Container generation struck the public’s interest with the advent of Docker in 2013. The performance and price blessings containerization can provide quickly made it one of the most up-to-date subjects in cloud computing. Shortly after Docker’s release, there was a flood of the latest box control platforms, aiming to lessen the complexity of coping with containerized applications. One of those platforms, the open supply undertaking Kubernetes, is by way of means now the de facto general for box control.
To recognize the strength of Kubernetes, you have to have some fundamental know-how. In our preceding blog posts, we defined the fundamentals of box generation, mentioned the blessings of boxes, grew to become surveys approximately box adoption right into a Docker infographic, and more. In case you missed it, let’s begin with a quick reminder of what boxes genuinely are.
What is Kubernetes?
Kubernetes is a container management system that was originally developed by Google. In 2015, Google published Kubernetes as an open-source project. Soon after, it was donated to the Cloud Native Computing Foundation (CNCF). The CNCF, which was created by Google in cooperation with the Linux Foundation, aims to promote container technology.
In short, Kubernetes enables you to turn the potential of container technology into operational reality by automating and simplifying your daily container workflow. It automates the provisioning, scaling, and management of containerized applications across a group (cluster) of servers (bare metal or virtual). Kubernetes also allows you to automatically manage networks, storage, software, logs, alerts, and more for all your containers. To avoid throwing tech lingo at you, we will try to explain the strengths, main functions, and benefits of Kubernetes in plain English.
There are many options when it comes to container management, both open source, and commercial. However, Kubernetes is the most widely used solution and has gained popularity in recent years. Let’s find out why:
Impressive heritage: It has a mature and proven underlying architecture. The design draws on more than 10 years of operating experience from Google engineers who helped build and maintain the world’s largest container platform.
Outstanding community and industry support: Its’ widespread adoption, growth, support, and popularity sets it apart from any other container orchestration solution. The project garnered a large active open source community for users and developers as well as support from global companies, IT market leaders, and large cloud providers.
The rich feature set and application support: Compared to other content management systems, Kubernetes has a wide range of functions. It supports a wide range of workloads, programming languages, and frameworks, and enables compute, stateless and stateful workloads, and makes Kubernetes flexible enough to meet the needs of a wide variety of users and use cases.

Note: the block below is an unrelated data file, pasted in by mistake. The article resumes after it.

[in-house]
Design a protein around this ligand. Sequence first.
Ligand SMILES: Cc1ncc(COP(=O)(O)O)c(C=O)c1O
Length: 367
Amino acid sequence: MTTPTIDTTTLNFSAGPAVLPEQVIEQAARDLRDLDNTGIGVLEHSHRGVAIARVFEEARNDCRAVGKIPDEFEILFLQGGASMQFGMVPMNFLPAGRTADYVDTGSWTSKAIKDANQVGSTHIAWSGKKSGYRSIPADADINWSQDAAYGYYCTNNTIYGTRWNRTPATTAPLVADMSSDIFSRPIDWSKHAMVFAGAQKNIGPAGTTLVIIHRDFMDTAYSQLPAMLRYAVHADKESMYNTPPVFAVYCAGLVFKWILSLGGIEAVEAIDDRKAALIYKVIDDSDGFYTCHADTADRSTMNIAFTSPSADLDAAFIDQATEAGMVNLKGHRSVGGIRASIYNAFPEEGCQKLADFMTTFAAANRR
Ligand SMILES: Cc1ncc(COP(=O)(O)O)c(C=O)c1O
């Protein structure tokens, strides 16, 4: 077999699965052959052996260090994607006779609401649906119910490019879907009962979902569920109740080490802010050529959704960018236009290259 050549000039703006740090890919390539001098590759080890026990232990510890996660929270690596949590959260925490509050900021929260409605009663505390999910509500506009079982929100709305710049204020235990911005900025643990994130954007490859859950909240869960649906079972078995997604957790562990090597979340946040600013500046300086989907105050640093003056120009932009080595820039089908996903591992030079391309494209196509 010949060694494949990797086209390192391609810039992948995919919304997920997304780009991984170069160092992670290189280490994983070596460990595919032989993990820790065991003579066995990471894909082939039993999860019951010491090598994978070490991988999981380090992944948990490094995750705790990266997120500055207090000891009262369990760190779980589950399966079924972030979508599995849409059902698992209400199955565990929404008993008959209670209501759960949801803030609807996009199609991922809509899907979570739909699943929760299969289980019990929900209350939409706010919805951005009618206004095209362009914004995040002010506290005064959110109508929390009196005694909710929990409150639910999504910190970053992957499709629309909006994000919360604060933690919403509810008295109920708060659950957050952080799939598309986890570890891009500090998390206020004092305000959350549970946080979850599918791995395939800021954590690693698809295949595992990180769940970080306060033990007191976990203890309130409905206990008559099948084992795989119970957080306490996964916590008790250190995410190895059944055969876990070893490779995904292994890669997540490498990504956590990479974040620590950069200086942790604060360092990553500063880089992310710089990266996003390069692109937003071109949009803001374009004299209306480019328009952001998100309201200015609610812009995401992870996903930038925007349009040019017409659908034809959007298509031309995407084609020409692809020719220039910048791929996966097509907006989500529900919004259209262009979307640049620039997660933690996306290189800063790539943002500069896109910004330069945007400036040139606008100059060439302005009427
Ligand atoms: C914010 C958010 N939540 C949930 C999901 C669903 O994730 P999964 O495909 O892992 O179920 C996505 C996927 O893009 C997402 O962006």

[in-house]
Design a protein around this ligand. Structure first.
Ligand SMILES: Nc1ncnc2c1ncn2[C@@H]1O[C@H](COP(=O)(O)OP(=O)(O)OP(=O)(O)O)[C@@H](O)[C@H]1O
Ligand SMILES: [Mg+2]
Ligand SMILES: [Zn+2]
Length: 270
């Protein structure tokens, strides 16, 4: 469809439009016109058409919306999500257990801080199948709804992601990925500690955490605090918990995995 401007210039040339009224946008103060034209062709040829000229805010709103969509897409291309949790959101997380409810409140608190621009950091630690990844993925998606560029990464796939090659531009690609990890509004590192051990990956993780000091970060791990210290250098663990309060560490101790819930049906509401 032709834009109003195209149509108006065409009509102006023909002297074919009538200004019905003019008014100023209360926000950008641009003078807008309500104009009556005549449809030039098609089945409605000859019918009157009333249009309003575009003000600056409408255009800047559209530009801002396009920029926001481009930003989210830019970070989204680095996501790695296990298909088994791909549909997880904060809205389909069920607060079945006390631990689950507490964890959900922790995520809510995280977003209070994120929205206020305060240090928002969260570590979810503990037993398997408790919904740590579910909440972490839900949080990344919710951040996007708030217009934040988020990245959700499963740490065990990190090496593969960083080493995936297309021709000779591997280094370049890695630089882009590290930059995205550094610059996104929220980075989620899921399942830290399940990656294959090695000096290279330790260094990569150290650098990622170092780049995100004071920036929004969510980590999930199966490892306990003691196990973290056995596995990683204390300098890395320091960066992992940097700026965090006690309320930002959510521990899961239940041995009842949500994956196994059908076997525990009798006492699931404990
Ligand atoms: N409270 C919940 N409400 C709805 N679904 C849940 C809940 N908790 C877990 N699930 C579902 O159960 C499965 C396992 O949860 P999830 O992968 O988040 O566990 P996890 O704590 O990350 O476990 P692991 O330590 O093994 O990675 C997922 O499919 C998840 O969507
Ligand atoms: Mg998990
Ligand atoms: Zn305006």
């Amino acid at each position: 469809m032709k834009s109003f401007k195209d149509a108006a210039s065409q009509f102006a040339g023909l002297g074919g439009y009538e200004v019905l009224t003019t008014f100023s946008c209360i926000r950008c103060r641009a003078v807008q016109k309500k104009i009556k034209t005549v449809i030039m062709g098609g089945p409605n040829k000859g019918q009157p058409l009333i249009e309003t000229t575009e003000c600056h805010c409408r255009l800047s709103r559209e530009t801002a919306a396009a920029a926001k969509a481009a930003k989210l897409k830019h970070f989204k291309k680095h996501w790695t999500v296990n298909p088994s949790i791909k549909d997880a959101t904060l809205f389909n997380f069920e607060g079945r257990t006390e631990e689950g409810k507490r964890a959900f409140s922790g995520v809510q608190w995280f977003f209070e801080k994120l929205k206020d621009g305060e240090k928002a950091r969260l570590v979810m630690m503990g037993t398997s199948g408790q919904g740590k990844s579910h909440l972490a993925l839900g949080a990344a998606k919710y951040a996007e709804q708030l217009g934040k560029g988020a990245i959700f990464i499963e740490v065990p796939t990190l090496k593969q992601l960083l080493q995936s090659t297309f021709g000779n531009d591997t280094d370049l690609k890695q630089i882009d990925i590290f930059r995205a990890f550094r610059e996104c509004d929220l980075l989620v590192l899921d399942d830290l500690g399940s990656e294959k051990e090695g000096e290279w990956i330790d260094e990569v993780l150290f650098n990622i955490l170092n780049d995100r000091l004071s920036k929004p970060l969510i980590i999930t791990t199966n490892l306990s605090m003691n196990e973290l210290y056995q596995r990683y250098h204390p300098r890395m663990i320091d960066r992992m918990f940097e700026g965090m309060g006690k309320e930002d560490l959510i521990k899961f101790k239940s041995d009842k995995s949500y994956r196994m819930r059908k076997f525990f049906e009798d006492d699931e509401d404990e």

Ongoing development: Soon after its first release, it gained a very large and active community. With about 2000 Github contributors at the moment, varying from engineers working at fortune 500 companies to individual developers and engineers, new features are being released constantly. The large and diverse user community also steps in to answer questions and foster collaboration.
On the other hand, there are some reasons why you may not want to use managed Kubernetes:
Less control: this is the main disadvantage. With a managed approach, you are limited to the infrastructure options and integrations that the platform supports. In an unmanaged environment, you have complete freedom to design your clusters exactly the way you want.
Cost: Managed Kubernetes generally costs more than doing it yourself, at least in terms of direct costs. Of course, you must consider the indirect labor and time costs associated with managing clusters on their own to determine which approach will produce the best cost results.
Solutions for enterprises:
Let’s say you’ve done your research and want to use Kubernetes as your content management system. What are your options?
Do it yourself:
It is possible to build your own Kubernetes cluster from scratch, but as mentioned above, successfully building and maintaining a highly available and secure cluster is a lot of work. The process is complex and time-consuming. There are many companies that can offer you Kubernetes advice, training, or workshops to get you started. However, if you use Kubernetes in production, you still need a team of at least three people with expensive Kubernetes knowledge who are always available in case something goes wrong. In most cases and for most organizations, this is simply not feasible.
There is no shortage of commercial Kubernetes-based offerings. New solutions emerge every day. Most of these solutions are offerings from companies building their own product on Kubernetes. The downside to many of these Kubernetes platforms is that they make administration easy to use and are primarily focused on providing a simplified user interface (UI) rather than addressing the fundamental challenges of working with containerized applications and creating an environment. ready for production. There are some good options, but keep in mind that most of them will limit your degree of customization and link you to a specific product.
As a third option, you can hire specialists to implement and/or maintain your Kubernetes infrastructure without commercial tools. Some vendors offer advice and implementation to get you on the right track. Other service providers also offer daily management and support. This is similar to traditional managed services and IT outsourcing.
Image source: kubernetes